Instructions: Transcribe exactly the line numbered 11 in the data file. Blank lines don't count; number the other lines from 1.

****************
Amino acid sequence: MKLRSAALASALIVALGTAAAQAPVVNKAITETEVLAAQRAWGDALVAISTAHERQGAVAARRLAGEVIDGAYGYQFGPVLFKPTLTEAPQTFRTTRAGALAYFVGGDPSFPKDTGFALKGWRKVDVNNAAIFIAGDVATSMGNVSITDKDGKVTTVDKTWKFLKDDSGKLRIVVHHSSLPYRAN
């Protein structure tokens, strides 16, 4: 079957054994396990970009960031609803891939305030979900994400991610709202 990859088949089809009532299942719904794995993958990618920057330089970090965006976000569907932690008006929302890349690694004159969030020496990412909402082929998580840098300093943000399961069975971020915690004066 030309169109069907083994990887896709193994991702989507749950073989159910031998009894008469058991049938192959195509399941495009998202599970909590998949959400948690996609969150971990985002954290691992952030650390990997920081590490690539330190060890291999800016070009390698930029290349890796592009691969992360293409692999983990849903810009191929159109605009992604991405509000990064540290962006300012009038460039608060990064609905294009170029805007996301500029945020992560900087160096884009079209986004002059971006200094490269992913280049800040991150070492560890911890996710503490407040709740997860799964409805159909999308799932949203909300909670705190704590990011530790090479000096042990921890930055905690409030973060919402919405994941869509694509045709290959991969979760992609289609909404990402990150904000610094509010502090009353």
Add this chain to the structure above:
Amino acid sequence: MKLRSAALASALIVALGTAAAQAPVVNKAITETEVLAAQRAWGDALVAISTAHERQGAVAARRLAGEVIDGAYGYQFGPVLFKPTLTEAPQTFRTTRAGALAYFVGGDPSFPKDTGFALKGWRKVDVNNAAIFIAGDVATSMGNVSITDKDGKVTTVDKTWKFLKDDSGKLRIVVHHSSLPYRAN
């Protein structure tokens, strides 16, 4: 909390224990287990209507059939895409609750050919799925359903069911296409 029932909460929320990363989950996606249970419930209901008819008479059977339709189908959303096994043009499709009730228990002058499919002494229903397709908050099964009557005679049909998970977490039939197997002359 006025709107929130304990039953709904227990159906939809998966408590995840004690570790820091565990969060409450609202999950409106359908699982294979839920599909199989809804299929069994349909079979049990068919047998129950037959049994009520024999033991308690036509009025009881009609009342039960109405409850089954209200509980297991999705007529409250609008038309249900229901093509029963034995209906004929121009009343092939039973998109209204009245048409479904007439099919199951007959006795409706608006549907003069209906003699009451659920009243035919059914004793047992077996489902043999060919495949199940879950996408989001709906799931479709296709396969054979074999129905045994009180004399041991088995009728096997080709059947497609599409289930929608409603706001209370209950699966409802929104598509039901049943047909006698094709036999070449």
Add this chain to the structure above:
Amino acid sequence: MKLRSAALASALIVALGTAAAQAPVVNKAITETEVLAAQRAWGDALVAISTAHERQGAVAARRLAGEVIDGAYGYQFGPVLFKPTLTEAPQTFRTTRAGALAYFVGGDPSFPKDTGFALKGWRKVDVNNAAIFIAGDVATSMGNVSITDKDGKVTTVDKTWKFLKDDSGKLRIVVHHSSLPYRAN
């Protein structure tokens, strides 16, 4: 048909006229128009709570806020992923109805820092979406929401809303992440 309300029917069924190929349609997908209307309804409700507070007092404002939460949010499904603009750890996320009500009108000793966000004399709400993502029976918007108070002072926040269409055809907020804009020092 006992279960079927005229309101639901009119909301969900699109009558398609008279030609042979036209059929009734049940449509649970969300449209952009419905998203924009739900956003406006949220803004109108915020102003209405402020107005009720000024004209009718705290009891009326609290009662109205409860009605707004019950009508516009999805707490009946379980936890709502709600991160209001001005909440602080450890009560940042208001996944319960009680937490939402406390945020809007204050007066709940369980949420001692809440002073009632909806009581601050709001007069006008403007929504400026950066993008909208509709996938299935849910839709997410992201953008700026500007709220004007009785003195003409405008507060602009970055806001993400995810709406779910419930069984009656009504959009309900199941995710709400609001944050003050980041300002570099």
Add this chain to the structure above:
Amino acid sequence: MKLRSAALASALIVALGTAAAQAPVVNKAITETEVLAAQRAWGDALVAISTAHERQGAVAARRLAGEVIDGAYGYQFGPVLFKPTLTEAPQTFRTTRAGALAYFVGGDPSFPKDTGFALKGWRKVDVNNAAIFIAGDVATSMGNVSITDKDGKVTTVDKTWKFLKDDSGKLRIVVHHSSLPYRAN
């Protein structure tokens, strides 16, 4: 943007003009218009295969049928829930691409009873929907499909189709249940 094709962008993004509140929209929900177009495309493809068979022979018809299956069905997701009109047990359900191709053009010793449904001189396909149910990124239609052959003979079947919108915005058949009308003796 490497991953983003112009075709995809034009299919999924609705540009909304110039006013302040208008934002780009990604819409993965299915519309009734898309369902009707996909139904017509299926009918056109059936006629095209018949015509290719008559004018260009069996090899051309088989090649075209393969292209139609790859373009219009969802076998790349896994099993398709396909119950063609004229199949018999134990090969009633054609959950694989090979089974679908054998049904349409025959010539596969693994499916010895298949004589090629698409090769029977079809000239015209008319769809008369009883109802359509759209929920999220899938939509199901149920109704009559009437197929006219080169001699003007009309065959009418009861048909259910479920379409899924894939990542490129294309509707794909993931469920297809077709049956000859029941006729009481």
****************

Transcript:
């Protein structure tokens, strides 16, 4: 943007003009218009295969049928829930691409009873929907499909189709249940 094709962008993004509140929209929900177009495309493809068979022979018809299956069905997701009109047990359900191709053009010793449904001189396909149910990124239609052959003979079947919108915005058949009308003796 490497991953983003112009075709995809034009299919999924609705540009909304110039006013302040208008934002780009990604819409993965299915519309009734898309369902009707996909139904017509299926009918056109059936006629095209018949015509290719008559004018260009069996090899051309088989090649075209393969292209139609790859373009219009969802076998790349896994099993398709396909119950063609004229199949018999134990090969009633054609959950694989090979089974679908054998049904349409025959010539596969693994499916010895298949004589090629698409090769029977079809000239015209008319769809008369009883109802359509759209929920999220899938939509199901149920109704009559009437197929006219080169001699003007009309065959009418009861048909259910479920379409899924894939990542490129294309509707794909993931469920297809077709049956000859029941006729009481």